War for Talent Heats Up
Companies are struggling to find qualified talent, and the talent acquisition process has grown more lengthy and costly, due to a tight labor market with low unemployment. Recent surveys of hiring managers and staffing firm employees from CareerBuilder, Inavero and the American Staffing Association identified major obstacles facing hiring managers and staffing firms, as well as a glimpse at the future, given the rapid rate of technological innovation.
The majority of millennial hiring managers (59 percent) strongly agree that technology will reduce recruiters' roles in talent acquisition over the next five years, while hiring managers across all generations are keen to leverage the data staffing firms can provide, including salary data and industry hiring trends. In the current market, hiring managers' primary reasons for working with staffing firms include the desire to shorten the hiring process (42 percent) and access to candidates with specialized skills (41 percent), yet 40 percent of companies maintain recruitment processes in-house to save money.
Hiring managers and staffing industry leaders alike agree technology will impact the industry; 67 percent of hiring managers believe it is very or extremely important their staffing firms use up-to-date technology, and 32 percent of staffing industry leaders plan to invest in new technology this year. Most hiring managers also think that staffing firms can be helpful in addressing top problems faced during the recruitment process; specifically, 81 percent believe that staffing firms can help eliminate issues due to technology limitations.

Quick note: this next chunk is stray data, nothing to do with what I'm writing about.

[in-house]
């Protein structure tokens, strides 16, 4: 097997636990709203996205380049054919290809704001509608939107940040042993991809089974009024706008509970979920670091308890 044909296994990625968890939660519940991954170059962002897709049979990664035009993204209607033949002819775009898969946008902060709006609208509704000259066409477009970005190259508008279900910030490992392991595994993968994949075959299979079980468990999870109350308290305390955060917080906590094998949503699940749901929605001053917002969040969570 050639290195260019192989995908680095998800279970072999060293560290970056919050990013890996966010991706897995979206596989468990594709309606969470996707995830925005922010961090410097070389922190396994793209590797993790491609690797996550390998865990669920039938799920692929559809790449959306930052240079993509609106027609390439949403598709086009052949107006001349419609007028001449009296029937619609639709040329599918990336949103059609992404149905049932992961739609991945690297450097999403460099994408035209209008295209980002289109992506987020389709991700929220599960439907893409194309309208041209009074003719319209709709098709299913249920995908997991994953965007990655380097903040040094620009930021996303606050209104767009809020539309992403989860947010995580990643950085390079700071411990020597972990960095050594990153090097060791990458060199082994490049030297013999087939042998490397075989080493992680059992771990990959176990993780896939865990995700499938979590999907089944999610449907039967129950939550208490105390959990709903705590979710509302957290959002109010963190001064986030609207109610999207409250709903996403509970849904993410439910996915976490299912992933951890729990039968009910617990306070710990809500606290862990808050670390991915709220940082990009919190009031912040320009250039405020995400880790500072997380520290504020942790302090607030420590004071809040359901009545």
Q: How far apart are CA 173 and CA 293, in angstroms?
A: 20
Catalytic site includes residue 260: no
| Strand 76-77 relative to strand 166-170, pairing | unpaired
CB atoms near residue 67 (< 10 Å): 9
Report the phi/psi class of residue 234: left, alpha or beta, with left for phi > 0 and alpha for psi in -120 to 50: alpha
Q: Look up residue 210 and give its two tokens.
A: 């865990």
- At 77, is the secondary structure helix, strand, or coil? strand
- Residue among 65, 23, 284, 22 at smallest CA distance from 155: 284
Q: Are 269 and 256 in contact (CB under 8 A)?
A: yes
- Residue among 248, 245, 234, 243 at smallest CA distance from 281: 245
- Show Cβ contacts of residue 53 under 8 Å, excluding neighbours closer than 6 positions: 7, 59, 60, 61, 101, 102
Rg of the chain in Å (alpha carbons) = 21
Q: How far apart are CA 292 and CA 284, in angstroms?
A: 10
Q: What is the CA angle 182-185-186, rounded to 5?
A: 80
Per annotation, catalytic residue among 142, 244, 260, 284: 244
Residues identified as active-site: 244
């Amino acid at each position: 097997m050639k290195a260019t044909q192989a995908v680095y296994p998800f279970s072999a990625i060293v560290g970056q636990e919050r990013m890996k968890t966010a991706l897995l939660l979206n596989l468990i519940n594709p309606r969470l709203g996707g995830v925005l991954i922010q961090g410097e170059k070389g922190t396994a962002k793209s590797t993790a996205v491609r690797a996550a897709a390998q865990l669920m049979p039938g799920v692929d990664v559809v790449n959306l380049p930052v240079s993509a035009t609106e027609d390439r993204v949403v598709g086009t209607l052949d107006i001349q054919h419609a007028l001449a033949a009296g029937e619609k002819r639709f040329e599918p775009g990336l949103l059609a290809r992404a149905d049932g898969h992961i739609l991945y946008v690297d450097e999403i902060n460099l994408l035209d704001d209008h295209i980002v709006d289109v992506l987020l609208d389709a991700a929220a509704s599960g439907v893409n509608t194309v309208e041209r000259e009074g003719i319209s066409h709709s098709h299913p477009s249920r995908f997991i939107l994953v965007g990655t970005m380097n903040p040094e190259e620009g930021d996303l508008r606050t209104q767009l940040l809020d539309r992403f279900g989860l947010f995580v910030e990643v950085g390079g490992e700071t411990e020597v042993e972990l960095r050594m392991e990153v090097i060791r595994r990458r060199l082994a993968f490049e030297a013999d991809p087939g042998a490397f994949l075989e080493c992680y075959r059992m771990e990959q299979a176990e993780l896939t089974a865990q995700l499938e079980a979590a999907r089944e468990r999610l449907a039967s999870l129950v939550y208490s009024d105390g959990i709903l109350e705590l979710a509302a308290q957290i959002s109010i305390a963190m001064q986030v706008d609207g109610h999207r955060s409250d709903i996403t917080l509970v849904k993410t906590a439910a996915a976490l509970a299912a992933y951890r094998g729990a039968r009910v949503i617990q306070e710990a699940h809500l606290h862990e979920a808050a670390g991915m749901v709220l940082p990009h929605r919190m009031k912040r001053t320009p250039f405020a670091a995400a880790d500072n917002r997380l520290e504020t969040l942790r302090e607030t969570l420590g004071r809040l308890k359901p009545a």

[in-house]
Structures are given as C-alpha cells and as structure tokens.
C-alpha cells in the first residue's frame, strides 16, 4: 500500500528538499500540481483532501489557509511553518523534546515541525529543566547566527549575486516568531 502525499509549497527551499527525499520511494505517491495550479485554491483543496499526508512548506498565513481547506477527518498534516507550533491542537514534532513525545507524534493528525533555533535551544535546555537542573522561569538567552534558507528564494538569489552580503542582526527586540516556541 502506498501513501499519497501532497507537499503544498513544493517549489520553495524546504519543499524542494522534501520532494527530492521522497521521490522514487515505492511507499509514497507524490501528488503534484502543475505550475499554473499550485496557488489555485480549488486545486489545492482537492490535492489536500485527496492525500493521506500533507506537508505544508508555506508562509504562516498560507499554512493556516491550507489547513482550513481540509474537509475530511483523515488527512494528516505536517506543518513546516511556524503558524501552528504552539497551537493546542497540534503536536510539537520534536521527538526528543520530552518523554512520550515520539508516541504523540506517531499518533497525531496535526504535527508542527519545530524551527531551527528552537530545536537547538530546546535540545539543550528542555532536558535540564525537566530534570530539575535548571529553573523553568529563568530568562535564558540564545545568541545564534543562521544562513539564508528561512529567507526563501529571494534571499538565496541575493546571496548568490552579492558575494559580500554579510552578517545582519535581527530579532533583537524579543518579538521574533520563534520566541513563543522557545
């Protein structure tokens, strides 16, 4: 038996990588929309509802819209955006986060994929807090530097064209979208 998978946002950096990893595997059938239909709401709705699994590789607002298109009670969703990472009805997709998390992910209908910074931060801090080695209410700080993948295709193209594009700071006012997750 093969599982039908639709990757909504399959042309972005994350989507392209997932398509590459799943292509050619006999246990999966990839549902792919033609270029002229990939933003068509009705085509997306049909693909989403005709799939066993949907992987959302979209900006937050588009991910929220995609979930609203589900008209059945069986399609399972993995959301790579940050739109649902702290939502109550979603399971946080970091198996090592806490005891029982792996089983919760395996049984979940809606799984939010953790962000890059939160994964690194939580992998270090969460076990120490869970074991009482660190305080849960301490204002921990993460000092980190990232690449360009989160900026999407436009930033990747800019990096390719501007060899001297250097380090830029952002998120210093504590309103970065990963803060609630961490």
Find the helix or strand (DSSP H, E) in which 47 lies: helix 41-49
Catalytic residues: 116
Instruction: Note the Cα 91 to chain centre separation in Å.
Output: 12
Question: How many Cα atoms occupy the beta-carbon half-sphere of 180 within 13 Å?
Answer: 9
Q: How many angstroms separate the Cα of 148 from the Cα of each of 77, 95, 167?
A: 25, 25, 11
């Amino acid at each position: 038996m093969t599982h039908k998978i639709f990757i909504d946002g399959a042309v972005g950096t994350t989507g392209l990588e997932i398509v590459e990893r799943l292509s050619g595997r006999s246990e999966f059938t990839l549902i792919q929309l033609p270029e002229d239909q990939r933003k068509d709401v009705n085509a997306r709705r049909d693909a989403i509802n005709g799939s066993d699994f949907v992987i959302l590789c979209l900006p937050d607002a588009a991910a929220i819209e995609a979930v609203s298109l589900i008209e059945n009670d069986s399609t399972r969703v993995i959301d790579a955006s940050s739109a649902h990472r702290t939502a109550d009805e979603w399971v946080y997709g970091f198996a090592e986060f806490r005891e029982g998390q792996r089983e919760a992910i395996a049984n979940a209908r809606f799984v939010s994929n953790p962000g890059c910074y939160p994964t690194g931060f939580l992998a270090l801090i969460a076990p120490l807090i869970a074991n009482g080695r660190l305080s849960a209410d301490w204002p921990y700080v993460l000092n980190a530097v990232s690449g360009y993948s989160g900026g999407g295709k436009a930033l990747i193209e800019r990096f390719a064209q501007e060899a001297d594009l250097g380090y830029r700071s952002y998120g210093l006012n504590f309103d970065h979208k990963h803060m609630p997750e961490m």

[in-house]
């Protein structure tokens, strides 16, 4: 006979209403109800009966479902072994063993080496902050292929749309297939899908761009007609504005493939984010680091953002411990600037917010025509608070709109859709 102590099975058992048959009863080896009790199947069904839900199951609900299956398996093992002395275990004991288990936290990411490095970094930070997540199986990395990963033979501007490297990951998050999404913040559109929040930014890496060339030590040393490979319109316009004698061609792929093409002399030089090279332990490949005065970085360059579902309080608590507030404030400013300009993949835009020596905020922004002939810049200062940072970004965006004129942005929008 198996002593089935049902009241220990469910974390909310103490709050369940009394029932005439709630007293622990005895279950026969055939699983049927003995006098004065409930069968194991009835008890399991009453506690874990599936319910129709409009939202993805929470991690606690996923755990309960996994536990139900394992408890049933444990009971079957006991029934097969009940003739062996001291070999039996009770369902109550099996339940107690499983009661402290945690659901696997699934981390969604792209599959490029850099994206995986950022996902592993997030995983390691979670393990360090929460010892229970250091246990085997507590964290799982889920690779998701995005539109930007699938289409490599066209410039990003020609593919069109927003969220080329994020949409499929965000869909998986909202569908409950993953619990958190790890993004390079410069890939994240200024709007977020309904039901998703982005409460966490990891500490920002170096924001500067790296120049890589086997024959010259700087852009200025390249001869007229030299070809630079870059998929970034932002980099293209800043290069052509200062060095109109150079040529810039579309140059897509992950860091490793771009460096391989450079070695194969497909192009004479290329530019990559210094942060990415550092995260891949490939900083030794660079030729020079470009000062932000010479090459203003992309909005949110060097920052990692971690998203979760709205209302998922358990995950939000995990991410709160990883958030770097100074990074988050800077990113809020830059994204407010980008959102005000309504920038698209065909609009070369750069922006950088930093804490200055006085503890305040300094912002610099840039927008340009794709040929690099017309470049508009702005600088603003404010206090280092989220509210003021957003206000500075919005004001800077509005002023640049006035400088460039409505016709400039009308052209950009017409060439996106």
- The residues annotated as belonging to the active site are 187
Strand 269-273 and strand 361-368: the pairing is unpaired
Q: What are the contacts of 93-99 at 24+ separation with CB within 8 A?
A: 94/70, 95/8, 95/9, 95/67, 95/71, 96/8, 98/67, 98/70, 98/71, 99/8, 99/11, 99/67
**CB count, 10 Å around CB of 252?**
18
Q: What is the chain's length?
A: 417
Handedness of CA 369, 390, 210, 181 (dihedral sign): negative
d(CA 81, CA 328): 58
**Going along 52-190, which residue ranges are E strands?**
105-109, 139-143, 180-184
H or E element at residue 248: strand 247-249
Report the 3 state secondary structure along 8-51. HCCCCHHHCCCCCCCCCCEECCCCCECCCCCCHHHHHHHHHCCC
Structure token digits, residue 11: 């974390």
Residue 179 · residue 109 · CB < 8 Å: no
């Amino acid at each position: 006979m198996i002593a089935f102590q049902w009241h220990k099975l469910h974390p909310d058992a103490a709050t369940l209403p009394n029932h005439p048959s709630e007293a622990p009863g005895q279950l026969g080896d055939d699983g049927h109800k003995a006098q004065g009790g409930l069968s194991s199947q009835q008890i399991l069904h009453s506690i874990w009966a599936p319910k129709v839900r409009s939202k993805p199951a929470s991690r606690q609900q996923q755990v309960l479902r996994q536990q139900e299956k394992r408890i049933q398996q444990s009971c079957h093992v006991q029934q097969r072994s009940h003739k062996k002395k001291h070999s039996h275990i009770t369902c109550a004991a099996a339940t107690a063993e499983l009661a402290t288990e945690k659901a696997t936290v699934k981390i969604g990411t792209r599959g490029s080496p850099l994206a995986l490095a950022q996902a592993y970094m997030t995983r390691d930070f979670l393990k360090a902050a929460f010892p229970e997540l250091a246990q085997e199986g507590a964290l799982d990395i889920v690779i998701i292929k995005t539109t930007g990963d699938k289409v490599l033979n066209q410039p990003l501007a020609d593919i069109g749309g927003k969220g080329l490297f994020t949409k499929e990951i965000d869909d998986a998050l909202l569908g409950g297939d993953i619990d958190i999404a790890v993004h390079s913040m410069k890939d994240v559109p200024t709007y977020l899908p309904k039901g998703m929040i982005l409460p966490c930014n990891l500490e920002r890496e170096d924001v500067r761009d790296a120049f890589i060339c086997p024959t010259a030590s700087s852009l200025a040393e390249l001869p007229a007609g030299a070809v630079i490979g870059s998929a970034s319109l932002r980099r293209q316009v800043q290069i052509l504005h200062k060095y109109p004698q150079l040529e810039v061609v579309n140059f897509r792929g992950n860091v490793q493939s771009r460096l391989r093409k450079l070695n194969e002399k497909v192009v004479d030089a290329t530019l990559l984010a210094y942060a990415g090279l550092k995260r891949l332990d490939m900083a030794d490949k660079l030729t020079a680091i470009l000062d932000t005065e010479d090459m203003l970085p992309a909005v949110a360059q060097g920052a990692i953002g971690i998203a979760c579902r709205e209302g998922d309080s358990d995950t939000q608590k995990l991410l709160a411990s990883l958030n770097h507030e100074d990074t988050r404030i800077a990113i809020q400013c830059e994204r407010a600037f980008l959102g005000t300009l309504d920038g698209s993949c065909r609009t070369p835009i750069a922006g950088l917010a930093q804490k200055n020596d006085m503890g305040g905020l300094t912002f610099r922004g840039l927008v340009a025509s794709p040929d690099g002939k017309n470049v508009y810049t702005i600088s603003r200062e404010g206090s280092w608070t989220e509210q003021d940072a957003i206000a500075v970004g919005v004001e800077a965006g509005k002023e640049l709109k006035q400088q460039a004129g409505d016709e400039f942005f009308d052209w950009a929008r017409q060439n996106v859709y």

"More than 70 percent of leaders agree the staffing industry will be transformed by technology and automation over the next five years, yet only one in five feel that innovation is a major threat to their firms," said Eric Gregg, CEO of Inavero. "In today's historically tight labor market, lack of access to quality candidates is a major threat, and recruiters are spending more than half of their time searching for, screening, and reaching out to new candidates, rather than building relationships with current candidates. In fact, almost half (43 percent) believe they only know current candidates somewhat or not well."
The surveys were commissioned by CareerBuilder, Inavero and ASA and were conducted in August 2018. Participants included 859 hiring managers and 681 internal staffing or recruiting firm employees.
Additional key findings include:
- Companies partner with staffing firms to improve and streamline hiring processes, and most are not exclusively partnered with one firm.
- Staffing firms must be up-to-date on the technology they use.
- Hiring managers are made aware of new staffing firms through a variety of different sources including the firm's reputation within their industry (12 percent), proactive recommendations (12 percent), and through experience hiring with the firm at a previous job (12 percent).
- Most staffing firm leaders have seen revenue increases over the past year (66 percent).
For more information and to see the full results, visit http://go.inavero.com/2018-staffing-buyer-study-careerbuilder-inavero.